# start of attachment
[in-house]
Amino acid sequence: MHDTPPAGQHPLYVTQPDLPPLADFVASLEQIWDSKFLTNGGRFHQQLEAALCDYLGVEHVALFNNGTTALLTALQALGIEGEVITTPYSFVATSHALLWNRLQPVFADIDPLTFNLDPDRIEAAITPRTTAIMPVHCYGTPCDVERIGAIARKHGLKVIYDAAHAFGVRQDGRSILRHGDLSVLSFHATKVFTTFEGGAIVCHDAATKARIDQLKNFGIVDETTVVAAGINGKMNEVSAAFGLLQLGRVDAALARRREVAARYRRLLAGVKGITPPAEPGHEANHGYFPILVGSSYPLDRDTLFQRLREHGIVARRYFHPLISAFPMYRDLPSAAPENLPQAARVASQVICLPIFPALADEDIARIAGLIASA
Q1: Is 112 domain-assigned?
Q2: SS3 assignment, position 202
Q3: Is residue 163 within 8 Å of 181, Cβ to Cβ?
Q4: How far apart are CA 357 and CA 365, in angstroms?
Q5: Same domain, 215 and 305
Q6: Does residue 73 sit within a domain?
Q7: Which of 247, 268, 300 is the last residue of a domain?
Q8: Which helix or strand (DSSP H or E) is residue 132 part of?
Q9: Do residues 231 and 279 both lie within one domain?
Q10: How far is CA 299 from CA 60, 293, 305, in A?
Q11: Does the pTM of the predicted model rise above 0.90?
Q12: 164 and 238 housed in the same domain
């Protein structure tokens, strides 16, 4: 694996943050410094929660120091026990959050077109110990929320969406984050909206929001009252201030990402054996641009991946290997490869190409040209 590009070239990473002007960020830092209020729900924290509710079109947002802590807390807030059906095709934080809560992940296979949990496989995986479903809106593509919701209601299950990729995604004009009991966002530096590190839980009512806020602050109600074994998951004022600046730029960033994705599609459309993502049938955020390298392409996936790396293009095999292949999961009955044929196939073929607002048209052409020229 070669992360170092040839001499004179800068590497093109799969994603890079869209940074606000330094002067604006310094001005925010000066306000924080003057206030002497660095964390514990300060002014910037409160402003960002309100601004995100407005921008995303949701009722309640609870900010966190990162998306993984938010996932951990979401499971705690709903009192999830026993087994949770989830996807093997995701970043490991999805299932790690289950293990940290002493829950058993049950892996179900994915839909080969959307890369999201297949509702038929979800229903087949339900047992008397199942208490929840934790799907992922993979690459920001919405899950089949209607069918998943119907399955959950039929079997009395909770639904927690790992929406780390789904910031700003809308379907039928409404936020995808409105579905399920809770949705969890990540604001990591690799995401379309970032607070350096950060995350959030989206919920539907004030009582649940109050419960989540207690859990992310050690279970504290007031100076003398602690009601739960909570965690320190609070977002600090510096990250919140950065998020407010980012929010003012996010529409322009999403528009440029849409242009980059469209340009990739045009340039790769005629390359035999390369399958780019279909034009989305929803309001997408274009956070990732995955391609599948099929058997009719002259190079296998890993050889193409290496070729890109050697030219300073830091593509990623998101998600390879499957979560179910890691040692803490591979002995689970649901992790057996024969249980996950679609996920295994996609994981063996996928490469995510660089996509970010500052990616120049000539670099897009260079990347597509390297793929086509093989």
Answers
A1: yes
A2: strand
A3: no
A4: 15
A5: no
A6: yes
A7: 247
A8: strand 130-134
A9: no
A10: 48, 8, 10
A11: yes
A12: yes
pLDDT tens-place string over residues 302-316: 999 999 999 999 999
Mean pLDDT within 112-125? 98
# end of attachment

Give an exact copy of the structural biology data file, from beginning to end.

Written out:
[in-house]
Amino acid sequence: MHDTPPAGQHPLYVTQPDLPPLADFVASLEQIWDSKFLTNGGRFHQQLEAALCDYLGVEHVALFNNGTTALLTALQALGIEGEVITTPYSFVATSHALLWNRLQPVFADIDPLTFNLDPDRIEAAITPRTTAIMPVHCYGTPCDVERIGAIARKHGLKVIYDAAHAFGVRQDGRSILRHGDLSVLSFHATKVFTTFEGGAIVCHDAATKARIDQLKNFGIVDETTVVAAGINGKMNEVSAAFGLLQLGRVDAALARRREVAARYRRLLAGVKGITPPAEPGHEANHGYFPILVGSSYPLDRDTLFQRLREHGIVARRYFHPLISAFPMYRDLPSAAPENLPQAARVASQVICLPIFPALADEDIARIAGLIASA
Q1: Is 112 domain-assigned?
Q2: SS3 assignment, position 202
Q3: Is residue 163 within 8 Å of 181, Cβ to Cβ?
Q4: How far apart are CA 357 and CA 365, in angstroms?
Q5: Same domain, 215 and 305
Q6: Does residue 73 sit within a domain?
Q7: Which of 247, 268, 300 is the last residue of a domain?
Q8: Which helix or strand (DSSP H or E) is residue 132 part of?
Q9: Do residues 231 and 279 both lie within one domain?
Q10: How far is CA 299 from CA 60, 293, 305, in A?
Q11: Does the pTM of the predicted model rise above 0.90?
Q12: 164 and 238 housed in the same domain
């Protein structure tokens, strides 16, 4: 694996943050410094929660120091026990959050077109110990929320969406984050909206929001009252201030990402054996641009991946290997490869190409040209 590009070239990473002007960020830092209020729900924290509710079109947002802590807390807030059906095709934080809560992940296979949990496989995986479903809106593509919701209601299950990729995604004009009991966002530096590190839980009512806020602050109600074994998951004022600046730029960033994705599609459309993502049938955020390298392409996936790396293009095999292949999961009955044929196939073929607002048209052409020229 070669992360170092040839001499004179800068590497093109799969994603890079869209940074606000330094002067604006310094001005925010000066306000924080003057206030002497660095964390514990300060002014910037409160402003960002309100601004995100407005921008995303949701009722309640609870900010966190990162998306993984938010996932951990979401499971705690709903009192999830026993087994949770989830996807093997995701970043490991999805299932790690289950293990940290002493829950058993049950892996179900994915839909080969959307890369999201297949509702038929979800229903087949339900047992008397199942208490929840934790799907992922993979690459920001919405899950089949209607069918998943119907399955959950039929079997009395909770639904927690790992929406780390789904910031700003809308379907039928409404936020995808409105579905399920809770949705969890990540604001990591690799995401379309970032607070350096950060995350959030989206919920539907004030009582649940109050419960989540207690859990992310050690279970504290007031100076003398602690009601739960909570965690320190609070977002600090510096990250919140950065998020407010980012929010003012996010529409322009999403528009440029849409242009980059469209340009990739045009340039790769005629390359035999390369399958780019279909034009989305929803309001997408274009956070990732995955391609599948099929058997009719002259190079296998890993050889193409290496070729890109050697030219300073830091593509990623998101998600390879499957979560179910890691040692803490591979002995689970649901992790057996024969249980996950679609996920295994996609994981063996996928490469995510660089996509970010500052990616120049000539670099897009260079990347597509390297793929086509093989």
Answers
A1: yes
A2: strand
A3: no
A4: 15
A5: no
A6: yes
A7: 247
A8: strand 130-134
A9: no
A10: 48, 8, 10
A11: yes
A12: yes
pLDDT tens-place string over residues 302-316: 999 999 999 999 999
Mean pLDDT within 112-125? 98